The Common Area and Kitchen
The common area and kitchen area are next to each other and located at the end of the main corridor on the ground floor. The common area consisted of a large 'U' shaped bench area with around 8 round tables dotted around. The benches had seat cushions on them but in all honesty they weren't that comfy. I found the tables were quite clean as most guests respected others and nipped to the sink and got a cloth to give the table a wipe over when they had finished. This area also has a large TV on the wall with numerous channels from around the world. I think while we were there we managed to watch TV from every country except Sweden!
The kitchen area is well stocked with cups and plates as well as numerous pots and pans, 3 kettles, a coffee machine, toaster, sink, hob and dishwasher. There were 3 large fridges in the kitchen and to my delight they also had 3 microwaves which made my life easy after a quick trip to Lidl for some microwave meals! (we were on a budget remember!)
You are welcome to use any of the supplies in the kitchen area as long as you clean up after yourself and leave it tidy. Most people tended to abide by this and in general the kitchen area always seemed reasonably tidy. I used the microwaves' a couple of times and although it is great that they have them I think they need to sort out the mould issue in them! This is quite possibly my only complaint about the hostel.
On one of the work surfaces is a small basket containing tea, coffee and sugar for you to help yourself to. I thought this was great as I am really not a morning person!
Overall I found the common area and kitchen to be a nice place to eat our food and also allow us to be sociable with other guests. Most of the people in the common area were friendly and chatty which I found nice and some of the people were quite interesting too.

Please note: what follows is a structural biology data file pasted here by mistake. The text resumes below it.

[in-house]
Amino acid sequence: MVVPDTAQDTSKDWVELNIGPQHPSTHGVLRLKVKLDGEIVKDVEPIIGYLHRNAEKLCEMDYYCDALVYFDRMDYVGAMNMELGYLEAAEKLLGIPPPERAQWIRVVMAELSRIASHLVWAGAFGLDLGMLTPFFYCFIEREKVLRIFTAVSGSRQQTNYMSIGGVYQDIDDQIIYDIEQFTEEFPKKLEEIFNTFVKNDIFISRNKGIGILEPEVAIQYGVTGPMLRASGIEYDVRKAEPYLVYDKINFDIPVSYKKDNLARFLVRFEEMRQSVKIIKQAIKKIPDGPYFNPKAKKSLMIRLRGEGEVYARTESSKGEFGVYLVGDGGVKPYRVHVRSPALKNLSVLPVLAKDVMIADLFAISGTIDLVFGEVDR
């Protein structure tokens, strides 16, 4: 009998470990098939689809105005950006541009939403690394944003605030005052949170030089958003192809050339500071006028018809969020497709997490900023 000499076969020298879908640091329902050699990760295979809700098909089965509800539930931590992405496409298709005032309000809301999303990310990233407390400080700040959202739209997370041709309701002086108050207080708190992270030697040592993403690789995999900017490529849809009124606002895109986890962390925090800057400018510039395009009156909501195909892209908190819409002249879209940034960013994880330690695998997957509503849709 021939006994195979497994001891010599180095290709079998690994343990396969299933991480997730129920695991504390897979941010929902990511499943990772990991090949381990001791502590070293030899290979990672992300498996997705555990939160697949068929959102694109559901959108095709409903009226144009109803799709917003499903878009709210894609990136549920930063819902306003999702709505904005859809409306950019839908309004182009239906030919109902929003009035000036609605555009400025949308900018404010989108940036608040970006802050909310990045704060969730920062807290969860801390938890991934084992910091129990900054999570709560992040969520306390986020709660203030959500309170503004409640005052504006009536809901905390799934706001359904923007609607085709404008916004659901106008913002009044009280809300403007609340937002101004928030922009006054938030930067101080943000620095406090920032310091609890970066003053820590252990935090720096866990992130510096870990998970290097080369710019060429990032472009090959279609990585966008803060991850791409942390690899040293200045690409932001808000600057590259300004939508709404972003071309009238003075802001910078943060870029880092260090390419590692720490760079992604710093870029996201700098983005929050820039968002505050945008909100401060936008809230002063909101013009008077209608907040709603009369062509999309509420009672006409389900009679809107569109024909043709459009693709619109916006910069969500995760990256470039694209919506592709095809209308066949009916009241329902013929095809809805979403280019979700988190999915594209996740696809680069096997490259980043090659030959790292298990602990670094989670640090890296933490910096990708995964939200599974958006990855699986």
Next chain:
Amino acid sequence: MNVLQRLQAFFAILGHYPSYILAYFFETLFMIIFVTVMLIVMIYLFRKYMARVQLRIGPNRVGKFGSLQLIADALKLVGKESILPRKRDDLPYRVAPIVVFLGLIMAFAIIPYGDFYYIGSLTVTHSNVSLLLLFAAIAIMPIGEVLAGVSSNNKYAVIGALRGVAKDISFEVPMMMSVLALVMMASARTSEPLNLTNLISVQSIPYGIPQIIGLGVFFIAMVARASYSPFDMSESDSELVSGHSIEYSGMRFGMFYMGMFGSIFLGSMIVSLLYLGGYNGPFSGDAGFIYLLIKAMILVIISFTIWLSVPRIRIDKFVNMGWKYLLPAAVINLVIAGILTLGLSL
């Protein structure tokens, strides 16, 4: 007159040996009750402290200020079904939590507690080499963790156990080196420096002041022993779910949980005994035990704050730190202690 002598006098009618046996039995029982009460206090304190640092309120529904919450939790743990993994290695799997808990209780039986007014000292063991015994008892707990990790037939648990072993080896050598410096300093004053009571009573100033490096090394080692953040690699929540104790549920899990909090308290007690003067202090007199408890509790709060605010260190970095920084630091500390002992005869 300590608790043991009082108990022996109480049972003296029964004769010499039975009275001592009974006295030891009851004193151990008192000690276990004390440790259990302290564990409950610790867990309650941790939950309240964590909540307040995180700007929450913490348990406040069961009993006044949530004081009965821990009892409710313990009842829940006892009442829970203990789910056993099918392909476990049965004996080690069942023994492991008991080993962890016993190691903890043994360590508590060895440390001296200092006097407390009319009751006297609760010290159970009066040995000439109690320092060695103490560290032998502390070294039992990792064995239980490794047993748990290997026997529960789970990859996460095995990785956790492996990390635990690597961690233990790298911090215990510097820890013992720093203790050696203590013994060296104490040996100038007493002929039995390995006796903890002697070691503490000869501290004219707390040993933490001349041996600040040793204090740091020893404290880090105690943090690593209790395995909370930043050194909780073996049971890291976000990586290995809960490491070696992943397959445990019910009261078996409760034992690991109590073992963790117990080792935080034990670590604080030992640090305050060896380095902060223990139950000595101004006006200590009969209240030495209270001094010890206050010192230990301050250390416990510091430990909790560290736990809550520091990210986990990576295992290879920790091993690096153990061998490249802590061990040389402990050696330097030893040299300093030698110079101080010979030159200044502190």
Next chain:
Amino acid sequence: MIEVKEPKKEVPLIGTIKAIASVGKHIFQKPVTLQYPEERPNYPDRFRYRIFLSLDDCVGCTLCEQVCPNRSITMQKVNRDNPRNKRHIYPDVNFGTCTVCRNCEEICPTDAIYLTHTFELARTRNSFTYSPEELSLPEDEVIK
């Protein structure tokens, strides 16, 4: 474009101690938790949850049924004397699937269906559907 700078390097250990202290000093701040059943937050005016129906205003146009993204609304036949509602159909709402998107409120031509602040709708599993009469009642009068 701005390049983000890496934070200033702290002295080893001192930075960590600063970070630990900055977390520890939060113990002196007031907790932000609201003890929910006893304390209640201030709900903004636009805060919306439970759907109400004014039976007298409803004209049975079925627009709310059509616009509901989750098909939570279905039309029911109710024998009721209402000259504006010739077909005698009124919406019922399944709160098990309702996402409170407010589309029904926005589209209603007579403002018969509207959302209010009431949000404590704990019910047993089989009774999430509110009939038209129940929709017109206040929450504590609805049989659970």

A Peaceful Nights Sleep
When we first entered the hostel we noticed a sign on the door stating that after 22:00 there was to be no noise both inside and outside the hostel. Due to this sign we thought we would be getting a peaceful nights sleep, however we were soon to discover that this sign is simply there for decoration as no-one was quiet after 22:00, it was more like midnight before people really started to settle down. In all honesty though this wasn't too much of a problem for us as we didn't mind being up late as we were on holiday. I can see how this might be a problem for someone who is maybe getting up extra early or is tired from a long day.
Once everyone had settled down we did manage to get a really good nights sleep and oh how comfy those IKEA mattresses were! I think they were comfier than my own bed! I found that once I was in bed I fell asleep virtually straight away and other than the noise of our room mates coming back late I slept right through the night and was so comfy that I didn't want to get up in the morning!
Check Out and Luggage Room